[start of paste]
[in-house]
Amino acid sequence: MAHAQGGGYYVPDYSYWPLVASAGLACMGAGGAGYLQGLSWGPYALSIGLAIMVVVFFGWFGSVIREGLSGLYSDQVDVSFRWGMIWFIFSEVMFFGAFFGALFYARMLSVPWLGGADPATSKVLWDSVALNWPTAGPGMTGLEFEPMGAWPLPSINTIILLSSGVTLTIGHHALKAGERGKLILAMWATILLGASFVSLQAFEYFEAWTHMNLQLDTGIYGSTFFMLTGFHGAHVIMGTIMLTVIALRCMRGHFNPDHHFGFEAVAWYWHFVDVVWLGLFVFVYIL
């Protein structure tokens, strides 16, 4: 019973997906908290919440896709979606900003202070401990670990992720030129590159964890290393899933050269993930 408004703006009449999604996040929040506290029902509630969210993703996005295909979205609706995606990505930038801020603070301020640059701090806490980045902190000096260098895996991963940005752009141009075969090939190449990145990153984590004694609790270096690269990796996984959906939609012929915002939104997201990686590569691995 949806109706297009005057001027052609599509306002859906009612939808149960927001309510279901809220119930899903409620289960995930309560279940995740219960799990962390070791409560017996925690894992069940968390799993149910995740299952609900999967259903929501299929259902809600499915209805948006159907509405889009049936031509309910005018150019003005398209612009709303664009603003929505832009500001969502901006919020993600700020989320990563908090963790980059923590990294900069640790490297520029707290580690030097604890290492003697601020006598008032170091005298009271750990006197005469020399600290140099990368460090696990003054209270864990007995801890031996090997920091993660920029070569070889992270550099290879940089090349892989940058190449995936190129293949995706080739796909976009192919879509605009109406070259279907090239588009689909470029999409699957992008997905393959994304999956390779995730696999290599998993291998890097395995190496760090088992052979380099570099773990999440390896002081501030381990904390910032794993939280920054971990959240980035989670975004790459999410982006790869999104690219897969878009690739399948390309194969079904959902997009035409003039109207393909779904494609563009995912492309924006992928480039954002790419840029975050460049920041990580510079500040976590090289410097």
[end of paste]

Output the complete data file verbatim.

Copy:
[in-house]
Amino acid sequence: MAHAQGGGYYVPDYSYWPLVASAGLACMGAGGAGYLQGLSWGPYALSIGLAIMVVVFFGWFGSVIREGLSGLYSDQVDVSFRWGMIWFIFSEVMFFGAFFGALFYARMLSVPWLGGADPATSKVLWDSVALNWPTAGPGMTGLEFEPMGAWPLPSINTIILLSSGVTLTIGHHALKAGERGKLILAMWATILLGASFVSLQAFEYFEAWTHMNLQLDTGIYGSTFFMLTGFHGAHVIMGTIMLTVIALRCMRGHFNPDHHFGFEAVAWYWHFVDVVWLGLFVFVYIL
């Protein structure tokens, strides 16, 4: 019973997906908290919440896709979606900003202070401990670990992720030129590159964890290393899933050269993930 408004703006009449999604996040929040506290029902509630969210993703996005295909979205609706995606990505930038801020603070301020640059701090806490980045902190000096260098895996991963940005752009141009075969090939190449990145990153984590004694609790270096690269990796996984959906939609012929915002939104997201990686590569691995 949806109706297009005057001027052609599509306002859906009612939808149960927001309510279901809220119930899903409620289960995930309560279940995740219960799990962390070791409560017996925690894992069940968390799993149910995740299952609900999967259903929501299929259902809600499915209805948006159907509405889009049936031509309910005018150019003005398209612009709303664009603003929505832009500001969502901006919020993600700020989320990563908090963790980059923590990294900069640790490297520029707290580690030097604890290492003697601020006598008032170091005298009271750990006197005469020399600290140099990368460090696990003054209270864990007995801890031996090997920091993660920029070569070889992270550099290879940089090349892989940058190449995936190129293949995706080739796909976009192919879509605009109406070259279907090239588009689909470029999409699957992008997905393959994304999956390779995730696999290599998993291998890097395995190496760090088992052979380099570099773990999440390896002081501030381990904390910032794993939280920054971990959240980035989670975004790459999410982006790869999104690219897969878009690739399948390309194969079904959902997009035409003039109207393909779904494609563009995912492309924006992928480039954002790419840029975050460049920041990580510079500040976590090289410097």